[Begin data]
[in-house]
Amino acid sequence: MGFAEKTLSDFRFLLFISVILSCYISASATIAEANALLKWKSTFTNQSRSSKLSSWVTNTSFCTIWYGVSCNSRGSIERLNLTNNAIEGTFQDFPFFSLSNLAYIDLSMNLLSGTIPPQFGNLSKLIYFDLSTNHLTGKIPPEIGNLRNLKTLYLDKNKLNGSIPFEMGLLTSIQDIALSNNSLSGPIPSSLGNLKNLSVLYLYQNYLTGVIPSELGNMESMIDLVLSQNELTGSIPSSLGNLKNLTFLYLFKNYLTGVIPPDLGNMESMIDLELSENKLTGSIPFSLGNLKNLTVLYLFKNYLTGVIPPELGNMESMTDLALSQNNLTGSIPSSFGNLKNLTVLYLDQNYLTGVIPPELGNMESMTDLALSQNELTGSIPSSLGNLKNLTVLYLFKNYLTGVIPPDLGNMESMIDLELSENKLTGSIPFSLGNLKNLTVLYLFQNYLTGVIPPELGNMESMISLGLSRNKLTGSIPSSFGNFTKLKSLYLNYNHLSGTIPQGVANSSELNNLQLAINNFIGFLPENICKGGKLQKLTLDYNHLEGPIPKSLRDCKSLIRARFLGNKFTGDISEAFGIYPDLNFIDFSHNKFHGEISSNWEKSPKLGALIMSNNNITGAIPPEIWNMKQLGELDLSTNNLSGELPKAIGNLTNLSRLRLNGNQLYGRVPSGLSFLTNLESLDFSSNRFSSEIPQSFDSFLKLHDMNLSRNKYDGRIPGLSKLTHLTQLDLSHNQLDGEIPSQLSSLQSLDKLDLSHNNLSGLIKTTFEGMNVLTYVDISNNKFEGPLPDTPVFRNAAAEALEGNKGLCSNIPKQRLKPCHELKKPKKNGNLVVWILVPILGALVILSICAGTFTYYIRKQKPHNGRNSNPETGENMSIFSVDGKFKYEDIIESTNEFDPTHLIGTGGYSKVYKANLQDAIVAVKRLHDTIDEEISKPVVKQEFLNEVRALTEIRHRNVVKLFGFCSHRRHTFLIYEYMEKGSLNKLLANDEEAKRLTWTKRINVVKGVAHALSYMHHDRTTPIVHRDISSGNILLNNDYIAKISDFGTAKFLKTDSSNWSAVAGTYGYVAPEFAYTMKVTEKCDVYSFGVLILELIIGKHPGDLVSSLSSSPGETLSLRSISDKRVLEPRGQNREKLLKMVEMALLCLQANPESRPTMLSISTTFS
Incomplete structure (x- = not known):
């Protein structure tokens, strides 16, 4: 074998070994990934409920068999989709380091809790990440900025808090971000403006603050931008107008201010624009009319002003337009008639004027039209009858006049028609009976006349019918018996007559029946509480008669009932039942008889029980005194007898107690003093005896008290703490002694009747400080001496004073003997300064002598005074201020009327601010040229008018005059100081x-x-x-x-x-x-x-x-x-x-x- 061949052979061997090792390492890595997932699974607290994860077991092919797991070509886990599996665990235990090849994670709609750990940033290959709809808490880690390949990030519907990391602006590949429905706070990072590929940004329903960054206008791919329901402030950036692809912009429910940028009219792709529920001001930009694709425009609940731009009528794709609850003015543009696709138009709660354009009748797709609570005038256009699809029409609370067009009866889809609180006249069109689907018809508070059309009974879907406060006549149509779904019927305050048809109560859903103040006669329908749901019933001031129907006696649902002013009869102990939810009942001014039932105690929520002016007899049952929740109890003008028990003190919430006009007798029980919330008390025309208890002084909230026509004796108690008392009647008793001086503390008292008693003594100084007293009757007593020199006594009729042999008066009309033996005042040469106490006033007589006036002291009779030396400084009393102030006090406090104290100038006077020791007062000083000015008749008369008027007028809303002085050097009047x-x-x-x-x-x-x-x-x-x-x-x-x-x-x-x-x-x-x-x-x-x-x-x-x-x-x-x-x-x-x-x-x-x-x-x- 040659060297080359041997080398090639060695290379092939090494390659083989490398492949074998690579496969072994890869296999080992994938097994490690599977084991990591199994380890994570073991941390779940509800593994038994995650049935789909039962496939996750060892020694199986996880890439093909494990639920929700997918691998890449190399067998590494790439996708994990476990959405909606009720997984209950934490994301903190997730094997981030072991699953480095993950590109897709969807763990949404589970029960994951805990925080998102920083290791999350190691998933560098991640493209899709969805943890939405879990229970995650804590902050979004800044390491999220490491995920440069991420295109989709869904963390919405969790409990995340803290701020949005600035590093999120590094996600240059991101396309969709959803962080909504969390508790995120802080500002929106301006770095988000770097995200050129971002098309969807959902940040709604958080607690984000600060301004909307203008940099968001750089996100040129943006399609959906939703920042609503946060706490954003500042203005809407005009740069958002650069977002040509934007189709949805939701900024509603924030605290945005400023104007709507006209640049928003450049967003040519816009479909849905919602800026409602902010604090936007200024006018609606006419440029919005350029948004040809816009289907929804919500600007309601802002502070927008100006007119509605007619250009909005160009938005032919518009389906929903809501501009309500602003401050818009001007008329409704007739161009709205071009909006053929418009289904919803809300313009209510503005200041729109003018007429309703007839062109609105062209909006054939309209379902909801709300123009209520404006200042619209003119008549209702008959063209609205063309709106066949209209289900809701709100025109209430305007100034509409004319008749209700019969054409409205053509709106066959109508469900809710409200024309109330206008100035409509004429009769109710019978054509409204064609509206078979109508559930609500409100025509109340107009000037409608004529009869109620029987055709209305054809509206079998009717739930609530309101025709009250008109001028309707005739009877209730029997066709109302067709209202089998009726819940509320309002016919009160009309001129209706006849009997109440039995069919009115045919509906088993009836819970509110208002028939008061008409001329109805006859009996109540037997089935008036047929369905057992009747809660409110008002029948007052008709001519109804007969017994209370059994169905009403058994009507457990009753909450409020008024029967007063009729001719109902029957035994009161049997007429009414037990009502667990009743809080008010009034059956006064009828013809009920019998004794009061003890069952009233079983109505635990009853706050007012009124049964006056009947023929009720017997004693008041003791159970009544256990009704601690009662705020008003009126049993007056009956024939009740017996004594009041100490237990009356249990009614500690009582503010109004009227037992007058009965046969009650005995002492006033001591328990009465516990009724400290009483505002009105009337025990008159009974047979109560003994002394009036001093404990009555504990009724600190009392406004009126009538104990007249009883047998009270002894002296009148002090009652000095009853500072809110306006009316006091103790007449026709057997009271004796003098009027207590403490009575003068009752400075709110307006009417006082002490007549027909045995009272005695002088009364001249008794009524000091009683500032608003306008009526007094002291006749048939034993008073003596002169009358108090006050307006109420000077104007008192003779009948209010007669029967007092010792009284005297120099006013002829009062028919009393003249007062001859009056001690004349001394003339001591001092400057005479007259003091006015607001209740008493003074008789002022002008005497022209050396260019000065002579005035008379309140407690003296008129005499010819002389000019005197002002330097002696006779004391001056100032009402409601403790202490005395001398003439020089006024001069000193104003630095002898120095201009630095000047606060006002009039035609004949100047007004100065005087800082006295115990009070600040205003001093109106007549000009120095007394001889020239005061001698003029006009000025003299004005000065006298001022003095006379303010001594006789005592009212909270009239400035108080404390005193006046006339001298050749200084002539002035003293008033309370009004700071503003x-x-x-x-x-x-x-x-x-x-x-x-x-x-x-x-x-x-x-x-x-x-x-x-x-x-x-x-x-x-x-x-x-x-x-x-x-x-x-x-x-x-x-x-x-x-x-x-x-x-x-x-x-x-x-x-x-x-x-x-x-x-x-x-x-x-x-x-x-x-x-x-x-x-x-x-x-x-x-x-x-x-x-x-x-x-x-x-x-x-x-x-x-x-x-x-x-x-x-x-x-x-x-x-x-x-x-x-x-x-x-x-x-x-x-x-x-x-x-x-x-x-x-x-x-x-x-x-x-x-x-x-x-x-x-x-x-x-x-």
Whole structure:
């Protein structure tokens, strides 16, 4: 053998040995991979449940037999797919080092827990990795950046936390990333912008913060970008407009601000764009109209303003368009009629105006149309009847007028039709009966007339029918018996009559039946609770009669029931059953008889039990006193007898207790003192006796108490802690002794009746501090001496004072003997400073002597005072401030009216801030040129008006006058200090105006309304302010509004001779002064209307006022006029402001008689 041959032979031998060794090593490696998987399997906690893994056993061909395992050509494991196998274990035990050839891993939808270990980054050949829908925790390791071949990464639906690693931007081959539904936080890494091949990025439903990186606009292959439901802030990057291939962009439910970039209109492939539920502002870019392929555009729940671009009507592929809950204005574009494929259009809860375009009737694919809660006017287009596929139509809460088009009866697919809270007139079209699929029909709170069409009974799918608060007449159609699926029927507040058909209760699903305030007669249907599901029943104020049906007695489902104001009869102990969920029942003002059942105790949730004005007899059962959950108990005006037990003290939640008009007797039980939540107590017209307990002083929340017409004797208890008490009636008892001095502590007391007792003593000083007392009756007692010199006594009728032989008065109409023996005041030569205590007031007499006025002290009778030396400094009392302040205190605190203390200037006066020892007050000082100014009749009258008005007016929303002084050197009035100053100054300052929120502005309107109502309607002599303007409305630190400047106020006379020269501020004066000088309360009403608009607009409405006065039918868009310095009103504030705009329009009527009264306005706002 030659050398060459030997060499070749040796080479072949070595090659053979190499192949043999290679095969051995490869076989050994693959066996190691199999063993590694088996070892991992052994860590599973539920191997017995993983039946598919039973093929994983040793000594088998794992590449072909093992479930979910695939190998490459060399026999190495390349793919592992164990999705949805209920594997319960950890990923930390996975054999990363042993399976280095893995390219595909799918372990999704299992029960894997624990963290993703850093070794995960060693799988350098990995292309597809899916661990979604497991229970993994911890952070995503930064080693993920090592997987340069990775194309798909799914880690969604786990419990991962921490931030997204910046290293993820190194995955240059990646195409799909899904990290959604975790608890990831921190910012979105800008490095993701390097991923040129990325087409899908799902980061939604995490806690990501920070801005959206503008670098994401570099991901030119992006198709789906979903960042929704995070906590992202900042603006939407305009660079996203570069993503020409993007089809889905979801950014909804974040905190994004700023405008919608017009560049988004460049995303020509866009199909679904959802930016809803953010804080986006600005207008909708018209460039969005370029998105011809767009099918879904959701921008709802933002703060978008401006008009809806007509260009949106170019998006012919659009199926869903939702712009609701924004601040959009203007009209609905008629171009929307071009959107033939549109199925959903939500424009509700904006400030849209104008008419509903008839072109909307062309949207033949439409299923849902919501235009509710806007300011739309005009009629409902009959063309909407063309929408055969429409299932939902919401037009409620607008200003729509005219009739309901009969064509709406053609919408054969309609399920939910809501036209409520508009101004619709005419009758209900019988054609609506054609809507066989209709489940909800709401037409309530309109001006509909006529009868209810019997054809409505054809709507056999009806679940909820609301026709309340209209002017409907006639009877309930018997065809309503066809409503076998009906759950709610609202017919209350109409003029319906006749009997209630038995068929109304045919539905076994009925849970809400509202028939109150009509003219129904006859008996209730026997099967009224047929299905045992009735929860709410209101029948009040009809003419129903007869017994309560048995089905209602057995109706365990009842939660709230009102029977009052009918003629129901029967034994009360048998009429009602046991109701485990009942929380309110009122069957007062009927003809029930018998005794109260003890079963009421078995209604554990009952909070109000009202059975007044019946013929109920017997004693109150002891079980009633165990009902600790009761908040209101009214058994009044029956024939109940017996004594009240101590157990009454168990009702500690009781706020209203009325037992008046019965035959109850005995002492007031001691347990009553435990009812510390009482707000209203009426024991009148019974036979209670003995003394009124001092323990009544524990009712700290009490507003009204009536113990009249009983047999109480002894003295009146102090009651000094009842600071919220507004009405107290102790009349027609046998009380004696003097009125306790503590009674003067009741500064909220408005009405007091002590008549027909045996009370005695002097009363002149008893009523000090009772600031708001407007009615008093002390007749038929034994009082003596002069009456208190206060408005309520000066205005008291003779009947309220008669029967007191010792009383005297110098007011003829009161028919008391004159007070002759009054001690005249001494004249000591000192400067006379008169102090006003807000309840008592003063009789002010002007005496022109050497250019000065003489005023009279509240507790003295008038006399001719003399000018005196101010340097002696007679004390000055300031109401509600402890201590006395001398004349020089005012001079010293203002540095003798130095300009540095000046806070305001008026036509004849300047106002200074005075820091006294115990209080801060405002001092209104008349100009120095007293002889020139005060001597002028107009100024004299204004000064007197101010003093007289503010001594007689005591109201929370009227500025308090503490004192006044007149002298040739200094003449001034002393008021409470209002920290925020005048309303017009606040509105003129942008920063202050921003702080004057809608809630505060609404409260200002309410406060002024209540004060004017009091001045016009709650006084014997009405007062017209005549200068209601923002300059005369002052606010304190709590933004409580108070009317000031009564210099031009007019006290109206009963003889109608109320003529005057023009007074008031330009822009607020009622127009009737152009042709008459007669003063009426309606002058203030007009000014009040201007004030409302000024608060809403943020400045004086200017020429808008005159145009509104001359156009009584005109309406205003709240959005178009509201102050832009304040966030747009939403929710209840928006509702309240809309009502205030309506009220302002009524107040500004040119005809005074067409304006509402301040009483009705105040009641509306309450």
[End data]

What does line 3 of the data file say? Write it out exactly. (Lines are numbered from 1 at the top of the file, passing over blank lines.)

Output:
Incomplete structure (x- = not known):